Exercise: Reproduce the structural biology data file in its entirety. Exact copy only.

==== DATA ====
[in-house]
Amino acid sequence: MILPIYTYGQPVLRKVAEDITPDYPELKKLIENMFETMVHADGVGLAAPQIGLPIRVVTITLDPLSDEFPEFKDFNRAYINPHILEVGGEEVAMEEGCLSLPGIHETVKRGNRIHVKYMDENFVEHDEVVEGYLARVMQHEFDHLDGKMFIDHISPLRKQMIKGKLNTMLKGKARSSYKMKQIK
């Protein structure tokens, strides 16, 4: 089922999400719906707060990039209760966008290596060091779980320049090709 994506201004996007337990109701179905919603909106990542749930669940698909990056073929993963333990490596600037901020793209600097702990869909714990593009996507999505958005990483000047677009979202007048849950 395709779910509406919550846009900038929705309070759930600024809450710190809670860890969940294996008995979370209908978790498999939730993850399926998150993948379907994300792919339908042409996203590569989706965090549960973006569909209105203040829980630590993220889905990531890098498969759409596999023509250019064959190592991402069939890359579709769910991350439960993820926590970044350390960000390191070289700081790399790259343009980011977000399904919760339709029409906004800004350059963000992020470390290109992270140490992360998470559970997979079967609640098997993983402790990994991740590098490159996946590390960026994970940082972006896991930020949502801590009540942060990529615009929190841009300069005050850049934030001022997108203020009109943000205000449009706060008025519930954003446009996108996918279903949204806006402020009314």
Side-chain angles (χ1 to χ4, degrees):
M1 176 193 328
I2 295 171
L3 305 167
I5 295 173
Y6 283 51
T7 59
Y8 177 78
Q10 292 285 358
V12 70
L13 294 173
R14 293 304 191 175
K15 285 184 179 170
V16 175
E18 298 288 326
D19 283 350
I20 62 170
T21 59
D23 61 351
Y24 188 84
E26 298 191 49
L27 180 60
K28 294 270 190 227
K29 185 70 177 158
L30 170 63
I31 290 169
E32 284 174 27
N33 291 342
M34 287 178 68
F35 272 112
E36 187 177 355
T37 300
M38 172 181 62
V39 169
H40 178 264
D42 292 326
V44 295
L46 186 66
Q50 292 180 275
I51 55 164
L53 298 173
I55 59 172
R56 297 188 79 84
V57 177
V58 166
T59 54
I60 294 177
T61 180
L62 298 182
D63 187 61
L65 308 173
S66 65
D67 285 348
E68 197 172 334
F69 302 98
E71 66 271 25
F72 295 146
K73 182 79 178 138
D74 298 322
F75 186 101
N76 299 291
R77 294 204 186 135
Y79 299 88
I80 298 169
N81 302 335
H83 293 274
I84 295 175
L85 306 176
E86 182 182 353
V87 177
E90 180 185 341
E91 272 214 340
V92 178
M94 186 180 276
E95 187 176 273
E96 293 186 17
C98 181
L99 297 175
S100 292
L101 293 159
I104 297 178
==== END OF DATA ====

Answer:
[in-house]
Amino acid sequence: MILPIYTYGQPVLRKVAEDITPDYPELKKLIENMFETMVHADGVGLAAPQIGLPIRVVTITLDPLSDEFPEFKDFNRAYINPHILEVGGEEVAMEEGCLSLPGIHETVKRGNRIHVKYMDENFVEHDEVVEGYLARVMQHEFDHLDGKMFIDHISPLRKQMIKGKLNTMLKGKARSSYKMKQIK
């Protein structure tokens, strides 16, 4: 089922999400719906707060990039209760966008290596060091779980320049090709 994506201004996007337990109701179905919603909106990542749930669940698909990056073929993963333990490596600037901020793209600097702990869909714990593009996507999505958005990483000047677009979202007048849950 395709779910509406919550846009900038929705309070759930600024809450710190809670860890969940294996008995979370209908978790498999939730993850399926998150993948379907994300792919339908042409996203590569989706965090549960973006569909209105203040829980630590993220889905990531890098498969759409596999023509250019064959190592991402069939890359579709769910991350439960993820926590970044350390960000390191070289700081790399790259343009980011977000399904919760339709029409906004800004350059963000992020470390290109992270140490992360998470559970997979079967609640098997993983402790990994991740590098490159996946590390960026994970940082972006896991930020949502801590009540942060990529615009929190841009300069005050850049934030001022997108203020009109943000205000449009706060008025519930954003446009996108996918279903949204806006402020009314």
Side-chain angles (χ1 to χ4, degrees):
M1 176 193 328
I2 295 171
L3 305 167
I5 295 173
Y6 283 51
T7 59
Y8 177 78
Q10 292 285 358
V12 70
L13 294 173
R14 293 304 191 175
K15 285 184 179 170
V16 175
E18 298 288 326
D19 283 350
I20 62 170
T21 59
D23 61 351
Y24 188 84
E26 298 191 49
L27 180 60
K28 294 270 190 227
K29 185 70 177 158
L30 170 63
I31 290 169
E32 284 174 27
N33 291 342
M34 287 178 68
F35 272 112
E36 187 177 355
T37 300
M38 172 181 62
V39 169
H40 178 264
D42 292 326
V44 295
L46 186 66
Q50 292 180 275
I51 55 164
L53 298 173
I55 59 172
R56 297 188 79 84
V57 177
V58 166
T59 54
I60 294 177
T61 180
L62 298 182
D63 187 61
L65 308 173
S66 65
D67 285 348
E68 197 172 334
F69 302 98
E71 66 271 25
F72 295 146
K73 182 79 178 138
D74 298 322
F75 186 101
N76 299 291
R77 294 204 186 135
Y79 299 88
I80 298 169
N81 302 335
H83 293 274
I84 295 175
L85 306 176
E86 182 182 353
V87 177
E90 180 185 341
E91 272 214 340
V92 178
M94 186 180 276
E95 187 176 273
E96 293 186 17
C98 181
L99 297 175
S100 292
L101 293 159
I104 297 178